Fashion & Beauty

Playground Etiquette

By Michelle Howe

Do etiquette rules apply to the playground? Children need to be prepared with appropriate behavior guidelines before social events, and playgrounds or other "kid territories" provide ideal opportunities to teach kids how to deal with bullies, get along with others and learn valuable social skills.

1) Handling the bully

There often seems to be one child who insists on getting his own way, unconcerned about who gets hurts in the process. How does one tactfully handle a playground bully?

  • Be kind but firm. A polite "no" sometimes shocks a bully into submission, as he is not accustomed to anyone standing his ground against him.

  • Walk away. Teach your child that one person's bad manners do not have to ruin a good time. A bully will often get bored with no opposition. However, some bullies are bent into getting into a fight and may follow your youngster.

  • Teach your child to come to you if he's being trailed. Be pro-active by intervening and speaking directly to the bully, his parent, or both.

2) Playing and sharing with other children

Two youngsters are quietly playing together. A third child jumps in. Shrieks of frustration are heard as the newest member grabs everything in sight. What should you do?

  • Intervene. Step in and calmly encourage sharing of toys. Let the spoiler know you're close by and alert to what's happening. Kindly state your expectations regarding sharing.

  • Take a moment to listen. Kids cannot always articulate their feelings when someone has injured them, but they still feel the injustice. Even if you cannot "right" a situation, you can talk, sympathize and comfort your child privately so he knows his feelings have been recognized.

  • Show appreciation and admiration. Communicate to your child how much you appreciated his response. Or, gently instruct your child how to better respond the next time a similar situation arises. For example, you can explain that yelling and screaming when frustrated accomplishes nothing.

Play Etiquette Games

Make up coupons that list one practical way to "love" a sibling/friend. For example, kindness = picking up toys. Or, sharing = giving away a cookie. Have fun decorating and designing "love" coupons for the whole family.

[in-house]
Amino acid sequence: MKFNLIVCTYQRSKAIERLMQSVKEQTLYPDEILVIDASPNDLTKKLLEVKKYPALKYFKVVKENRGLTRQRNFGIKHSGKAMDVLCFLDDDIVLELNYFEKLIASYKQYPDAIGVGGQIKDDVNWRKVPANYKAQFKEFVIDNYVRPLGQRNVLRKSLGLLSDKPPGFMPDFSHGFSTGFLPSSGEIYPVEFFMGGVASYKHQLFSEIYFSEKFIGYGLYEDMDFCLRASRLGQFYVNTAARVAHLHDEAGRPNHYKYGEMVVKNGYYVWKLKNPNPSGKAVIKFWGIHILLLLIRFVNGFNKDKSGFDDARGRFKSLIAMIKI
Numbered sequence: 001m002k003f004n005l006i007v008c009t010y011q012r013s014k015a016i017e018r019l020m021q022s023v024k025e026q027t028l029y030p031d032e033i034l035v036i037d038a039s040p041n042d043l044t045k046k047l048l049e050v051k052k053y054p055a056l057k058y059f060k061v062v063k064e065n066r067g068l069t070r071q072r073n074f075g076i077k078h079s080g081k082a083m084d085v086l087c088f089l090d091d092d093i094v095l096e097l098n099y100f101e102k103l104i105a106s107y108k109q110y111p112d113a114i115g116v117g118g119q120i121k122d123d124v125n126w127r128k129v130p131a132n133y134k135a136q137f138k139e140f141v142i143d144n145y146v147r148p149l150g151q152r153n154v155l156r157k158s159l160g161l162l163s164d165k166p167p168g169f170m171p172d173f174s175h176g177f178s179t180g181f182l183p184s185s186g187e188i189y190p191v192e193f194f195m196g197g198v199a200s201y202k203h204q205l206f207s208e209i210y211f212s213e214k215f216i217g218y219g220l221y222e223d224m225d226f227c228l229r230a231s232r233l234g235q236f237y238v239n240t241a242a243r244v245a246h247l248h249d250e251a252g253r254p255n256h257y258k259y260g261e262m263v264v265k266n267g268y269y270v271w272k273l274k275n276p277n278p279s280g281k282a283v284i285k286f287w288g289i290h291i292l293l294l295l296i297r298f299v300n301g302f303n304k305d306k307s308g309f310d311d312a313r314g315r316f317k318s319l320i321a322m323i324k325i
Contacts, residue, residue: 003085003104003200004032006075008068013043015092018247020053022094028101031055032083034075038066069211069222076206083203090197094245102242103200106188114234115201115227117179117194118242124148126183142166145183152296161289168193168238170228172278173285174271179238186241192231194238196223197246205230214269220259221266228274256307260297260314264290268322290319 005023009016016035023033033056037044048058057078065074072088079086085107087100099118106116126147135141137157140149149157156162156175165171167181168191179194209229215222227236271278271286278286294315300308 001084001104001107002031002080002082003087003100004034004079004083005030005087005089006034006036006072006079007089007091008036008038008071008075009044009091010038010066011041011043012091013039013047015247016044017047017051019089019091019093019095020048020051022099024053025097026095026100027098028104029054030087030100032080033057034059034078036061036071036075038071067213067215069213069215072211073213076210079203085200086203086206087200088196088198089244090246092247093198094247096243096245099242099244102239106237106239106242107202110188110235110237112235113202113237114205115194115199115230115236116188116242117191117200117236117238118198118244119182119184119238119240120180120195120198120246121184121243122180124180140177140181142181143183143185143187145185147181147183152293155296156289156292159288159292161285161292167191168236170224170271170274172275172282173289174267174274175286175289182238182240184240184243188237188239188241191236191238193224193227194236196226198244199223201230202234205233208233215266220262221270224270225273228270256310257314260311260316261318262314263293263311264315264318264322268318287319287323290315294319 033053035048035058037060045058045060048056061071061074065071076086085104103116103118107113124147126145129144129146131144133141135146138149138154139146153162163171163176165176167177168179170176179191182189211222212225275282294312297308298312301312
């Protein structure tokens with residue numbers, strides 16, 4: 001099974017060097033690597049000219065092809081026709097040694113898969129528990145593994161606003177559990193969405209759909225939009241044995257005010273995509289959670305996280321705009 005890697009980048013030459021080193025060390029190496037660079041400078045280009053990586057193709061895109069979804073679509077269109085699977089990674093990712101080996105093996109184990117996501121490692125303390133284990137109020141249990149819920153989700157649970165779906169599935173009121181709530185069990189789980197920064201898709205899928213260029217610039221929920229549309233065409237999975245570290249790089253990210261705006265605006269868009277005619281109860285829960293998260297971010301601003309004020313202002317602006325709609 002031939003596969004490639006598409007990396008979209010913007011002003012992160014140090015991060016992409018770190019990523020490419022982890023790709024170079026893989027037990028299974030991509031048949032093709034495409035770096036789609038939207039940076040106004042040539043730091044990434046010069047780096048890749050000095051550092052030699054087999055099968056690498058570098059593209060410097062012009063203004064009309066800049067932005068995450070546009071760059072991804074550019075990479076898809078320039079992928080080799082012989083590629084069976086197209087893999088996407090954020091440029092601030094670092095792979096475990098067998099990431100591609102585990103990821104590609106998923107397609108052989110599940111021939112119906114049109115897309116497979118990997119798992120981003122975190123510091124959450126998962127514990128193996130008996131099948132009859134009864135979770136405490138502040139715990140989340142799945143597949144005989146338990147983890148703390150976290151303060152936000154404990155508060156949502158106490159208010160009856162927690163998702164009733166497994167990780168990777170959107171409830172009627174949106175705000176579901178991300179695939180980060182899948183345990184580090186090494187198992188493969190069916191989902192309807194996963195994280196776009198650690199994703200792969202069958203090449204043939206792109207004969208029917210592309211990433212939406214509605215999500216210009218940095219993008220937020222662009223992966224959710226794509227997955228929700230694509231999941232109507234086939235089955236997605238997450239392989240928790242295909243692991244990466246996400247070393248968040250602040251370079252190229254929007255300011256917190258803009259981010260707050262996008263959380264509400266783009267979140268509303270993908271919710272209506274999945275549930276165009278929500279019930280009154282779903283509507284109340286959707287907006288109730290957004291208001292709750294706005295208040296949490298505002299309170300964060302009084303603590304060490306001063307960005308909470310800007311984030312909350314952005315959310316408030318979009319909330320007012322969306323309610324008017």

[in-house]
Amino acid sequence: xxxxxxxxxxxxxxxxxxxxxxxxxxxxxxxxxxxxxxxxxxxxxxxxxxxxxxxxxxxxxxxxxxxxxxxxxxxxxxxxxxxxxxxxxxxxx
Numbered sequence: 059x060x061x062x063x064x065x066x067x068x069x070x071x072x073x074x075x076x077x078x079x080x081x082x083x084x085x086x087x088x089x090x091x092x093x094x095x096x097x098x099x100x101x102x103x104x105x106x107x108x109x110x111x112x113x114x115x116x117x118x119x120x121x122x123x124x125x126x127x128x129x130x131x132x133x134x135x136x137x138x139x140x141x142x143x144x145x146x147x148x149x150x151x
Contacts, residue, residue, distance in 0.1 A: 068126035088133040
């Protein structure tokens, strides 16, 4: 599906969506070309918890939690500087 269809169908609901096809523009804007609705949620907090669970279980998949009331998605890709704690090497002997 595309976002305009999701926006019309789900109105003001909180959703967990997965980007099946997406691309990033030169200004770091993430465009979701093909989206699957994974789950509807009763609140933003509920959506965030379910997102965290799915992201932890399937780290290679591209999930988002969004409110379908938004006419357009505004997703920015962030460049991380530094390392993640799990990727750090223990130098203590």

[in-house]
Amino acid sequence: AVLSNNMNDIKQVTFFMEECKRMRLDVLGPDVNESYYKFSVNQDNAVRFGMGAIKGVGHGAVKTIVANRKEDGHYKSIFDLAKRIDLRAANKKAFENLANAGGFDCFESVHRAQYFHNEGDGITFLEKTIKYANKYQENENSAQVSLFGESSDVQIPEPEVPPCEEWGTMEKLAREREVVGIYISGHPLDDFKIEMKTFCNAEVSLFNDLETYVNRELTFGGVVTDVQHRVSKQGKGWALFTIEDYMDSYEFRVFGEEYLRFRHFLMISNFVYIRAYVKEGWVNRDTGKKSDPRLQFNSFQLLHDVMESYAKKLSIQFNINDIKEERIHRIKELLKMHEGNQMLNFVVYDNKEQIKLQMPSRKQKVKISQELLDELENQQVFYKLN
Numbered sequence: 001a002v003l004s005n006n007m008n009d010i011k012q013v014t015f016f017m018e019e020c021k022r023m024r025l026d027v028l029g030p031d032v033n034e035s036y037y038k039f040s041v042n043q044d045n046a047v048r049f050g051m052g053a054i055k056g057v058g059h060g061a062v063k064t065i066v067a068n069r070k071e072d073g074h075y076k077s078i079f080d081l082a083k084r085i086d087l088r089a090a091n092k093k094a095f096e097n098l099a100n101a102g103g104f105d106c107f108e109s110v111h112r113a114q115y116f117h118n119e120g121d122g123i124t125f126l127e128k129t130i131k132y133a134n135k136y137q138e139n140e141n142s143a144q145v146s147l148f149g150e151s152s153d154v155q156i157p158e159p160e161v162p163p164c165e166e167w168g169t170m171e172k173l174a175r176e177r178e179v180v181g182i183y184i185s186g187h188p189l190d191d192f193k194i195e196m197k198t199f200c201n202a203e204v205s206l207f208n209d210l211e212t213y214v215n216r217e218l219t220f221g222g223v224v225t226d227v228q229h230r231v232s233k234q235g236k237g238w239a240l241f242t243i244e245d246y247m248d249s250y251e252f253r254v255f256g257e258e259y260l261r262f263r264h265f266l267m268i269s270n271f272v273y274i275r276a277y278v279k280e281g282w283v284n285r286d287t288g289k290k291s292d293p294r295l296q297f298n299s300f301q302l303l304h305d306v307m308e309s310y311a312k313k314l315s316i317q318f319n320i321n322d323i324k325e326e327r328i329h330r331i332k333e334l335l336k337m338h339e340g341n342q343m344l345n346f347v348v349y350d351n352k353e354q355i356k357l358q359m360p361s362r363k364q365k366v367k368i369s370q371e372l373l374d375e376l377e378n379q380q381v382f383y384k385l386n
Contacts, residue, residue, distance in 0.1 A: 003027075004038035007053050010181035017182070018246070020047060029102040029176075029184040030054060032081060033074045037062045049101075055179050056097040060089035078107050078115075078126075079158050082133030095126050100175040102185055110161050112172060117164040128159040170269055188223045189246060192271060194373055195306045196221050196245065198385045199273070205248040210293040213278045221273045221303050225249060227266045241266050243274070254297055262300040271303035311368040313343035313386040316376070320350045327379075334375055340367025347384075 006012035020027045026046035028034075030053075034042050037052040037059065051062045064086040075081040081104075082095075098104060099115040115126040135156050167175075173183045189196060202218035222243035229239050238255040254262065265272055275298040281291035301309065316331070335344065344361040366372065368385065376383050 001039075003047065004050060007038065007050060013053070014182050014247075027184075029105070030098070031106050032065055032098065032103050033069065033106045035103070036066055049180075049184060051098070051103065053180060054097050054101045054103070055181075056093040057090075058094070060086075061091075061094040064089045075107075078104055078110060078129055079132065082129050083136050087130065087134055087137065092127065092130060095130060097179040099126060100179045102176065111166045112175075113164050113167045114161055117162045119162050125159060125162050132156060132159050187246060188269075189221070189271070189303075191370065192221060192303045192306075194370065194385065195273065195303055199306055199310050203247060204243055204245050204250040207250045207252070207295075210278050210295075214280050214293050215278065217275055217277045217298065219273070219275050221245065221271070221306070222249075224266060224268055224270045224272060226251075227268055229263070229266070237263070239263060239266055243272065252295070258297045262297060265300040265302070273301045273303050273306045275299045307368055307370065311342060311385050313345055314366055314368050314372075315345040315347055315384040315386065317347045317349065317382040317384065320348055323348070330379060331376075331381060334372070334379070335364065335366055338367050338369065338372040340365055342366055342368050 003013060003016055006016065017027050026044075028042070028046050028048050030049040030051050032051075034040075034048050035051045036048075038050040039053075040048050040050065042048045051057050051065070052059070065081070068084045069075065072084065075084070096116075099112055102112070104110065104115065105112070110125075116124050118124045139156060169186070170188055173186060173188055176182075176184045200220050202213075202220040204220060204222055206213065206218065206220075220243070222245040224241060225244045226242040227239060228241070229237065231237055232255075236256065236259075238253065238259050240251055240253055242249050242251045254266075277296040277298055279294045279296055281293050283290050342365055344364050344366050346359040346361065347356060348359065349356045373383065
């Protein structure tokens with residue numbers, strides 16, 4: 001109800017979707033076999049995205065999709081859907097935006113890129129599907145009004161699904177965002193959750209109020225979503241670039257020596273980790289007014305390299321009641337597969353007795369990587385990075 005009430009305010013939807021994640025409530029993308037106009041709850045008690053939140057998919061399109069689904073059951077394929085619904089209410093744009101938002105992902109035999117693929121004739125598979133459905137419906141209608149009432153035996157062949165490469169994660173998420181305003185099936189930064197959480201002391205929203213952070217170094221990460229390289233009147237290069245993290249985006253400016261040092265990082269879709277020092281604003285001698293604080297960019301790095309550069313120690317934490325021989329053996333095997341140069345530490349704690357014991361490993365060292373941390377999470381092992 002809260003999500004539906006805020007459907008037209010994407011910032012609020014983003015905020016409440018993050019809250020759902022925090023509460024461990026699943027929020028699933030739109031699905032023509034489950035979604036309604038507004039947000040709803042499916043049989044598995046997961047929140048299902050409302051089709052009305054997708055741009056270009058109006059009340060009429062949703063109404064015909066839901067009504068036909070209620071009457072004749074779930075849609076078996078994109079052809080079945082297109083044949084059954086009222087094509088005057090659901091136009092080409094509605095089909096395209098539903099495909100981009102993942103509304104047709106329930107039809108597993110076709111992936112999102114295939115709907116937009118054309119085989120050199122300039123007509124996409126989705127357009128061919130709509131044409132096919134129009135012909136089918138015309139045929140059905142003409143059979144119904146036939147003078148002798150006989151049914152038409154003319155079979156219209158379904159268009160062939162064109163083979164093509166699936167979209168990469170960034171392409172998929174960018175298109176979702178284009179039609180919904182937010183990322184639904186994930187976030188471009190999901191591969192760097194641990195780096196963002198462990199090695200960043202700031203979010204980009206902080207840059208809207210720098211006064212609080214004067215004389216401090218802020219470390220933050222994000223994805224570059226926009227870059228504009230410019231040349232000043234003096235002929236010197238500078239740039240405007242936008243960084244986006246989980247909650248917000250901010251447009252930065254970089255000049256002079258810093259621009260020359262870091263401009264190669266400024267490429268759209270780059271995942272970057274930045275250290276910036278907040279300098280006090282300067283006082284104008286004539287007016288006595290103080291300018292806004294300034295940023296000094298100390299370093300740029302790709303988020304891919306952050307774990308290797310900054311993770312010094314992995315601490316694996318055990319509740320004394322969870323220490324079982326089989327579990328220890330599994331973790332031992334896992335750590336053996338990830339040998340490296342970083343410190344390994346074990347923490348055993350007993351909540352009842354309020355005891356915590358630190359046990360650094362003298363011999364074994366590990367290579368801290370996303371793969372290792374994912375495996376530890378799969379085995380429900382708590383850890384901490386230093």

Memorize simple verses that deal with specific problem areas your child may exhibit, such as selfishness, anger and impatience. Discuss these verses on the way to the park. On the way home, talk about how these verses helped your child respond in the right way.
Spend time playing one-on-one with your child. Using dolls or action figures, role-play positive ways to interact with others. Have your doll speak lovingly, share willingly, and show gratitude to others.

3) Including siblings in play time with other friends

Teach your children that playing with friends is a revocable privilege gained by exhibiting caring behavior in the home (and toward siblings).

  • Allow some playtime alone with friends. Then "schedule in" the last half hour for everyone (friends and family) to play together. Understand that even little ones enjoy some time alone with their special friends.

  • Encourage siblings to model the instructions about love provided in I Corinthians 13. Read this section of scripture before and after playtime. Discuss in practical terms what it means to love others in a biblical way. Make it simple and appeal to the heart. For example, emphasize the importance of saying please and thank you.

Michele Howe is a freelance writer living in LaSalle, Michigan with her husband and four children. She is a book reviewer for Publishers Weekly, CBA Marketplace, and CCM Magazine. Howe has published over 700 articles and reviews and is the author of eight books including, "Prayers to Nourish a Woman's Heart" and "Prayers for Homeschool Moms" (publication date: spring, 2003). These books can be ordered online by clicking on the links above (via

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